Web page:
Homeownership Resources Fannie Mae

NOTE: Please know that much of this knowledge is general in nature and your local lender will let you know what is available in your location.

Panama City doing better than most of Florida

Using Quarter 3 numbers in 2006 and 2007, Panama City is doing better than most of the rest of the State of Florida. The average percent change in sales numbers for the whole state is -29% with the greatest change being in Ocala with a whopping -53% and the smallest change in Sarasota at -5%. Panama City came in third for smallest percentage change between Quarter 3 2006 and Quarter 3 2007 at-7% with second place (Naples) only having 77 sales in Q3 2007 and 83 sales in Q3 2006.

I’m not alone when I say our area saw the effect of the downturn before most other places and I think our area is seeing a turn-around sooner than most other places. I think we are on the backside of this market plunge and while things may get slightly worse between now and who-knows-when, I think we will see some improvement between now and this time next year.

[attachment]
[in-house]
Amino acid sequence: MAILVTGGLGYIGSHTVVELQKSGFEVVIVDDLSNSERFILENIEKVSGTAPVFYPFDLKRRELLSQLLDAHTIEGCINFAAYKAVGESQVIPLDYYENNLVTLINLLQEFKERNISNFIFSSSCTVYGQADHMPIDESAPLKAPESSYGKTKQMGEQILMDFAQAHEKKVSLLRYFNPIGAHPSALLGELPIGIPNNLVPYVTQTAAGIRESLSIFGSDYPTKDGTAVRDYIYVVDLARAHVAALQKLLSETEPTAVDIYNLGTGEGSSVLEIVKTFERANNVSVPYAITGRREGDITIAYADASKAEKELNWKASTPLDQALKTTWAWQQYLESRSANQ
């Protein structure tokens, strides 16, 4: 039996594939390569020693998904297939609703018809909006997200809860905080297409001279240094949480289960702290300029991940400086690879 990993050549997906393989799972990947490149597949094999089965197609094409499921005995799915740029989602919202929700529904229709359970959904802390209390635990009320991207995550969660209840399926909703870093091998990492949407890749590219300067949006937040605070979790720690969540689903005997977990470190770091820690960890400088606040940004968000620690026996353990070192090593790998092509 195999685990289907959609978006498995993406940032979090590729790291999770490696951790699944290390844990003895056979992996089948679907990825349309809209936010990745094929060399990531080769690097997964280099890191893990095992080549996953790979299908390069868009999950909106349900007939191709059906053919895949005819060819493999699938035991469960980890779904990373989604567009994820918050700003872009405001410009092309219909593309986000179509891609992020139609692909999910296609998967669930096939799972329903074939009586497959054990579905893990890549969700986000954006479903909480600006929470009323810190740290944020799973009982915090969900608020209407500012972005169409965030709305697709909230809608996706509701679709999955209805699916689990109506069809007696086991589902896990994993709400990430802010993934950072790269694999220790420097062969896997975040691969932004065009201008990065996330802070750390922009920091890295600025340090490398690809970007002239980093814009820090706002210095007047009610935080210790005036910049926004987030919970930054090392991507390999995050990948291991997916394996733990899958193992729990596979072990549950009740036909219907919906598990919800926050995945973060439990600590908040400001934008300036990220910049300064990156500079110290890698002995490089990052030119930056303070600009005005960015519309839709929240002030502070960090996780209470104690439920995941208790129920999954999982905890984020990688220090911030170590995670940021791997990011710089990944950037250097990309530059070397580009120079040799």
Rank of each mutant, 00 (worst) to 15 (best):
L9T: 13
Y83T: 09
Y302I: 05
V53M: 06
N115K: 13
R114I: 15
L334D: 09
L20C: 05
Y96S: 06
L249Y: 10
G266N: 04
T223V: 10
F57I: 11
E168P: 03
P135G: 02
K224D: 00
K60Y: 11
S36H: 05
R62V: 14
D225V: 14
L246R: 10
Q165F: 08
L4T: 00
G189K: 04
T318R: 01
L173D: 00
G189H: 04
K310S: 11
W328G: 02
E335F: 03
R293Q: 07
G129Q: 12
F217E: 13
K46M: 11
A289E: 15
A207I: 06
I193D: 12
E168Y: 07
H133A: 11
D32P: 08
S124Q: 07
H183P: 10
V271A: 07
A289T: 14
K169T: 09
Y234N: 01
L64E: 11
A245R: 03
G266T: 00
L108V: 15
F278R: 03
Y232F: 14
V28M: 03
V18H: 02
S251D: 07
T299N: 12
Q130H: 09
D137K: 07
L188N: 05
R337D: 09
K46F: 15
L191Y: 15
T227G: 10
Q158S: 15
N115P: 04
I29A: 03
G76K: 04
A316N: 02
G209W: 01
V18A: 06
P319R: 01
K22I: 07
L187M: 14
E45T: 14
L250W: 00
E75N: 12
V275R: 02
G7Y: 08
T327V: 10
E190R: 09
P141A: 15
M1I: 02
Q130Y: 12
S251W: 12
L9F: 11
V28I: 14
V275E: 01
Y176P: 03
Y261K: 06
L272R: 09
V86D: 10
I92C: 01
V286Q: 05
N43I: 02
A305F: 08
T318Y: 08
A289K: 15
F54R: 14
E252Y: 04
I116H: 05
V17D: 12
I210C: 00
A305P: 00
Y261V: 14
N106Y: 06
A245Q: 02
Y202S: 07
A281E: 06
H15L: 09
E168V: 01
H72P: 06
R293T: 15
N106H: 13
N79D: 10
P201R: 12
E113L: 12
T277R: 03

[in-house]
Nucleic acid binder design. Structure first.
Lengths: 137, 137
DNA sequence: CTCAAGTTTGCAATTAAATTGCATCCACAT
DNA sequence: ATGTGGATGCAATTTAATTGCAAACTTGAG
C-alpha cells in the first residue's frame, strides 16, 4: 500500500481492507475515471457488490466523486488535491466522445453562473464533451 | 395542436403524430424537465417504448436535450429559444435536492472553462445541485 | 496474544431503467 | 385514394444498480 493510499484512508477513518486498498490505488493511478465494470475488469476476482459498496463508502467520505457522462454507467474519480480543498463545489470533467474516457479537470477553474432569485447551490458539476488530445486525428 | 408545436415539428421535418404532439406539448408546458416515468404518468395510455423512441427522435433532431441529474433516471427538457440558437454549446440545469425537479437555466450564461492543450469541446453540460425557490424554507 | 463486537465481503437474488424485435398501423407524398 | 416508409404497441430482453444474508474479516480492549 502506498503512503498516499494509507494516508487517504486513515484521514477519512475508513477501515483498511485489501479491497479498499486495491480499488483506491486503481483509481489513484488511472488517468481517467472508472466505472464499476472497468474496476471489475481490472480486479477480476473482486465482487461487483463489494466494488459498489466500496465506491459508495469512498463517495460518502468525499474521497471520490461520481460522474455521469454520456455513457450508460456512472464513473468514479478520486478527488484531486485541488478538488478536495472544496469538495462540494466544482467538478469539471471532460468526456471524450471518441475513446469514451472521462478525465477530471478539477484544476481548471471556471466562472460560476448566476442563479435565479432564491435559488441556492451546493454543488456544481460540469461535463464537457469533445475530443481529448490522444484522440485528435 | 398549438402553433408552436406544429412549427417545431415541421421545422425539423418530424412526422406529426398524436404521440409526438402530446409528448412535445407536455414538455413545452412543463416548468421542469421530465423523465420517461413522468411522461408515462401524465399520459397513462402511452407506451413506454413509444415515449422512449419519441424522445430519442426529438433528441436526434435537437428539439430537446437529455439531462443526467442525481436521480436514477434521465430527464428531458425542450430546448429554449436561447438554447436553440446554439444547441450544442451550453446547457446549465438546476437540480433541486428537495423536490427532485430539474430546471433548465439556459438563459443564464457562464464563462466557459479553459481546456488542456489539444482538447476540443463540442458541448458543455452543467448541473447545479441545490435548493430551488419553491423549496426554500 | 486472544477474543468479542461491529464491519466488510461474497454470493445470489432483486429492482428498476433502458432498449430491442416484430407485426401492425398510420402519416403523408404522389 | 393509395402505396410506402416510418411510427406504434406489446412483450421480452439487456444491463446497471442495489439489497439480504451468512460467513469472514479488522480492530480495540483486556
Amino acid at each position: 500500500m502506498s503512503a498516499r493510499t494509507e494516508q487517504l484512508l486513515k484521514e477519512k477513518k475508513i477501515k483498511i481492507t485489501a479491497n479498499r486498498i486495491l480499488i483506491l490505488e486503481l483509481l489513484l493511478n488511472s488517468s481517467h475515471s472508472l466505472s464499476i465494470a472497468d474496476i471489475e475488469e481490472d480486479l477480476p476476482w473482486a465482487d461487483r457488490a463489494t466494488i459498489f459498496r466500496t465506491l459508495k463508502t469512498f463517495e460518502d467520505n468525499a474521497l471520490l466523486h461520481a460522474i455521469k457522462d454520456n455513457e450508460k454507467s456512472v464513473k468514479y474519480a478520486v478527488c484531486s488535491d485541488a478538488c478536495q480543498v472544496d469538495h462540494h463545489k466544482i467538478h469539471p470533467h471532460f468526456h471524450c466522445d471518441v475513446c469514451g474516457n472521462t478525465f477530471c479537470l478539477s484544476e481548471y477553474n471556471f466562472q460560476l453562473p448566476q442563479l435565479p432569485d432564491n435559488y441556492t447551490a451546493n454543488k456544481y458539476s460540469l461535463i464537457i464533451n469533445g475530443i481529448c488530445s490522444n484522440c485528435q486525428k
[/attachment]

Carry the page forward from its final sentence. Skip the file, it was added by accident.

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The Top Ten Reasons It's a Great Time to Buy Real Estate

BrokerAgentNews.com released a good article about the top ten reasons to buy real estate now.  The author references specifically Maricopa County a couple of times, but the reasons are still applicable everywhere.

The article talks about how there is plenty of inventory providing a great selection to buyers.  A couple of years ago, buyers often had to wait in lines, lists and “play games” just to be considered as a possible buyer.  Now, if you can dream it, you can probably find it, and at an affordable price.